Summary file table full

From: David Weitzel (
Date: Tue Dec 20 1994 - 20:21:19 CST

Summary "file table full"

I received 2 correct responses, and Yves Hardy gave me a couple of usefull
options to pstat and df.

I determined from his explaination that indeed the kernel needed
maxusers increased from 96 to 128. After rebuilding the kernel
and rebooting, all is well. Lucky for me it was not the disk
inodes that were causing the problem.

- Dec 19 16:24:23 sun3 vmunix: file: table is full
- Dec 19 16:29:06 sun3 last message repeated 7 times
- Dec 19 16:30:15 sun3 vmunix: file: table is full
- Dec 19 16:35:26 sun3 last message repeated 9 times
- Dec 19 16:37:55 sun3 vmunix: file: table is full

Thanks to : (Celeste Stokely)
Who also had the correct answer.

------- long explaination. I'll be keeping this --------------

From: (Yves Hardy)

Hi David,

         Regarding your problem with the your vmunix file: table is full, the
only solution to solve your problem is to increase the inodes table

         I show you below a solution you can try to increase the number of
inodes :

Two types of inodes: kernel and disk. Able to tell
                     which inode table is full by the message. If getting
                     this type of message:

                        vmunix: inode table full

                     then it is the kernel inode table that is full. Verify
                     this by running pstat -T:

                        # pstat -T
                          301/582 files
                          199/199 inodes
                            67/138 processes
                          34208/43012 swap

                     Notice that the line for inodes shows that 199 are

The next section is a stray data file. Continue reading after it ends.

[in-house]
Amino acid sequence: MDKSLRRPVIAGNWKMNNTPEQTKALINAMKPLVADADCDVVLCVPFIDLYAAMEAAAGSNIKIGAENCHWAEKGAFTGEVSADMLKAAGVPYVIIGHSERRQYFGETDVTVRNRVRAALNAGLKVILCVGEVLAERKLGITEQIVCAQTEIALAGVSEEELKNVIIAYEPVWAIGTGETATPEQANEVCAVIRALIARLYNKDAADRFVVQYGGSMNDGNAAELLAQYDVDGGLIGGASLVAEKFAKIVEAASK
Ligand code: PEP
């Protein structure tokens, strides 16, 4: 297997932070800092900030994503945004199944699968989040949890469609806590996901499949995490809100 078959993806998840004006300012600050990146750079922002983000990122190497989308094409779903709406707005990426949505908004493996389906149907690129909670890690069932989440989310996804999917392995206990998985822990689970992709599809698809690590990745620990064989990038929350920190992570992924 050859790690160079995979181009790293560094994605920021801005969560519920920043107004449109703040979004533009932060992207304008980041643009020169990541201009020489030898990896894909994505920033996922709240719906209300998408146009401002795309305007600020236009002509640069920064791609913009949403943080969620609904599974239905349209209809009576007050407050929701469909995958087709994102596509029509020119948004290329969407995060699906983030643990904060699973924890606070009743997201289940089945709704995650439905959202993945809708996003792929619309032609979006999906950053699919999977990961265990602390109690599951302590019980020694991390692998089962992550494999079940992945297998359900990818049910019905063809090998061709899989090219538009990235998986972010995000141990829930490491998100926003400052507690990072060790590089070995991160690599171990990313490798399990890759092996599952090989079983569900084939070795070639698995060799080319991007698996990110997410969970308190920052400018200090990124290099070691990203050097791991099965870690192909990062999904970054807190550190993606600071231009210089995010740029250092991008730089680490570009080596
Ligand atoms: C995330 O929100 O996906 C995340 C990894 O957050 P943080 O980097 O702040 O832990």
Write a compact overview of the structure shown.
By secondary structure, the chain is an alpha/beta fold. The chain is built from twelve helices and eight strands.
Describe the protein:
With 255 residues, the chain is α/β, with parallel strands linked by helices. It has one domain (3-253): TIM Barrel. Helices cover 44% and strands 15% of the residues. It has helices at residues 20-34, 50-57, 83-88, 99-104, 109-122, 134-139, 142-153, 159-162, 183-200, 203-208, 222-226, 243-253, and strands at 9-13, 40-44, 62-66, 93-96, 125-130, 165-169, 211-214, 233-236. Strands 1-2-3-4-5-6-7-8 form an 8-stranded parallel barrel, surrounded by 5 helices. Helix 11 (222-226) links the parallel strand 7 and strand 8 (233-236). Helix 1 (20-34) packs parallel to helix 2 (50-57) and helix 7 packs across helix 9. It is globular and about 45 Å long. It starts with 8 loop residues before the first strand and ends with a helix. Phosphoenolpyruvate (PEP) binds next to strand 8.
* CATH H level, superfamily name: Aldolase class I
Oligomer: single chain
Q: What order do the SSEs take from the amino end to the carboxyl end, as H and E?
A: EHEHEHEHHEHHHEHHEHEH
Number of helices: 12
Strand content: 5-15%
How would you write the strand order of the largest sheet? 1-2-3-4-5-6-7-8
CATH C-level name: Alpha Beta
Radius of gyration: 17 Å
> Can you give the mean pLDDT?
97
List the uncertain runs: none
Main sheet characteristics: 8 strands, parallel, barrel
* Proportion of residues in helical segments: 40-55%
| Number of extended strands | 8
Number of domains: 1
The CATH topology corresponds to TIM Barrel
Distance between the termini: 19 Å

being used and the maximum is also 199.

                     If the disk inode tabel isfull, this message appears:

                        /:inode table full

                     Notice the message is referring to a partition (in this
                     case, root) instead of the kernel. Verify this by
                     running df -i -t 4.2:

                # df -i -t 4.2
                Filesystem iused ifree %iused Mounted on
                /dev/sd0a 2794 2794 100% /
                /dev/sd0g 7007 29857 19% /usr
                /dev/sd2h 301 11219 3% /var
                /dev/sd2a 30 9954 0% /home
                /dev/sd2g 4656 16848 22% /export

                     Notice that the root partition has used all the
                     available inodes.

                     If the disk inode table is full:

                       - do a dump of the filesystem, as it will have to be
                        wiped out.

                      - run newfs -N on the raw disk partition:

        # newfs -N /dev/rsd2g
/dev/rsd2g: 92190 sectors in 439 cylinders of 6 tracks, 35 sectors
                47.2MB in 28 cyl groups (16 c/g, 1.72MB/g, 768 i/g)
        super-block backups (for fsck -b #) at: ....

                     Notice that this partition has 768 inodes per cylinder